When a crime is committed a balance is upset and with that comes a sense of unease and perhaps even dread, especially if the perpetrator of the crime renains at large. It’s like a monster has been set loose into society and sometimes that’s exactly what’s happened… because the crime and horror genres go together like chocolate and peanut butter. Writers have been combining elements of these genres together for years to create stories that maximize the strengths of both genres.
These crime-horror hybrids all take a detail-oriented and often gritty approach to the actions of the criminals and the people trying to stop them, but where they usually differ from traditional procedurals is in the role otherworldly elements play in the narrative. In this piece we’ll take a look at the types of horror commonly found in some recent and popular crime series.
Psychological horror is the most common type of horror/crime fiction blend. These stories deal with monsters, but the monster is usually a human who has become detached from his fellow man and ends up preying upon them in gruesome and fetishistic ways. So the serial killer is a common element in crime/psychological horror hybrids.
Perhaps the best known example of this can be found in Thomas Harris’ novels Red Dragon, The Silence of the Lambs, and Hannibal which featured pop culture’s favorite cannibal, Hannibal Lector. Another popular and effective example is Jeff Lindsay’s “Dexter” series, which inspired the Showtime series of the same name.
John Connolly’s series of novels featuring private detective Charlie Parker combine elements of both psychological and supernatural horror. In the early novels Parker sees visions of his dead wife and daughter and they often help him in his pursuit of vicious and demented serial killers, but as the novels progress Connolly takes Parker and his two best friends—Louis, a hitman, and Louis’ lover, a thief named Angel—deeper into the world of the supernatural.
In his 2009 novel The Lovers, Connolly offered up some concrete and intriguing hints that the ghosts and demons Charlie Parker deals with are both literal and metaphorical. The end of his latest novel, The Burning Soul seemed to suggest that a big supernatural clash is coming soon. So I’m very eager to see where Connolly takes his horror-crime series next.
In 2005 Charlie Huston kicked off another series starring a private eye in a horrific world with the release of Already Dead, the first novel featuring vampire detective Joe Pitt. Pitt lives in a New York City that’s been secretly divided up by warring factions of vampires with different ideas on how they should interact with humans. He tries to maintain his independence by not belonging to any of the factions, but his need for cash and personal moral code leads to him taking detective style jobs that embroil him in the politics of the vampire world.
In the five Joe Pitt casebooks the supernatural plays a small role. Vampirism and the fantastic physical abilities it endows are primarily viewed as a virus. So those fantastic physical abilities and the depravity of the series’ villains are the primary horror elements in the series. These villains are often incredibly powerful physically and politically, which means Pitt endures a lot over the course of the series’ five books. He’s a charismatic guy though. So you’re constantly rooting for him.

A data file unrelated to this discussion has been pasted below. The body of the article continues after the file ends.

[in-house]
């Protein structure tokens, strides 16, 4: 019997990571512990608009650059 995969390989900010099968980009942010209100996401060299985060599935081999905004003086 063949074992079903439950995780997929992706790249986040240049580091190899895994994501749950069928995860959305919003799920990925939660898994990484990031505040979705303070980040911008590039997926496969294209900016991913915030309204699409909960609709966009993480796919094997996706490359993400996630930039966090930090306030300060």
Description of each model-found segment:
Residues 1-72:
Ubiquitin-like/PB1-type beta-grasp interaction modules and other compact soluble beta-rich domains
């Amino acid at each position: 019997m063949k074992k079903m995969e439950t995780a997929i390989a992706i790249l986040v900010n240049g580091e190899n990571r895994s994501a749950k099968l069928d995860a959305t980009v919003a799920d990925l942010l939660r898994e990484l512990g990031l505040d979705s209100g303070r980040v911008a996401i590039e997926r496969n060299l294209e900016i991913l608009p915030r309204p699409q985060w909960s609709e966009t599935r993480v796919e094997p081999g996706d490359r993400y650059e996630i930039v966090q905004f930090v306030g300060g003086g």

In Jonathan Maberry’s novels Ghost Road Blues, Dead Man’s Song, and Bad Moon Rising, which make up the “Pine Deep Trilogy,” the supernatural plays a huge role. In fact the “Pine Deep” trilogy is an epic horror tale that involves werewolves, zombies, ghosts, and vampires, which incorporates and is informed by elements of crime fiction. For instance, during the main characters’ childhoods a vicious serial killer preyed upon the town’s children. Then years later, the spirit of that killer calls a psychopathic hitman to town and uses him as a pawn to gain revenge. The end result is a harrowing story where a former cop, his girlfriend, a teenage boy, and several other prominent characters must join forces with two police detectives to stop an apocalyptic supernatural event from destroying the town on Halloween.
Harry Dresden, the titular character of Jim Butcher’s “Dresden Files” series, deals with the apocalypse on a regular basis. That’s because Dresden is Chicago’s only wizard for hire. Over the course of 13 books Harry has investigated bizarre murders and crimes involving characters and elements from horror and fantasy fiction. So the books read like a blend of Robert B. Parker’s Spenser Novels and Buffy the Vampire Slayer. It’s a fun and exciting combination that’s won Butcher many fans.
Another reason the Dresden Files series is so popular is its characters. Like the best P.I. tales, The Dresden Books are told first person from the perspective of Harry himself, who’s a very human, heroic, and engaging character. Plus Butcher has surrounded Harry with a huge cast of intriguing supporting characters like Karrin Murphy; Dresden’s tough as nails friend and contact in the Chicago Police Department’s Special Investigations division, or Johnny Marcone Chicago’s top crime boss who is well aware of the horrors that stalk Chicago’s streets and tries to profit from them.
As you can see from the examples I offered the crime-horror genre combination has something to offer every type of crime fan. So don’t be afraid of the unknown or the dark! Take the plunge and explore some of these fun, frightening, and exhilarating reads. You’ll be glad you did.
*editor’s note: If you love this kind of mashup, or if you’re just curious about trying it, we’re going to be giving away books, movies, artwork…you name it! It’s Undead April here at Criminal Element, so be sure to check back and see what’s new!
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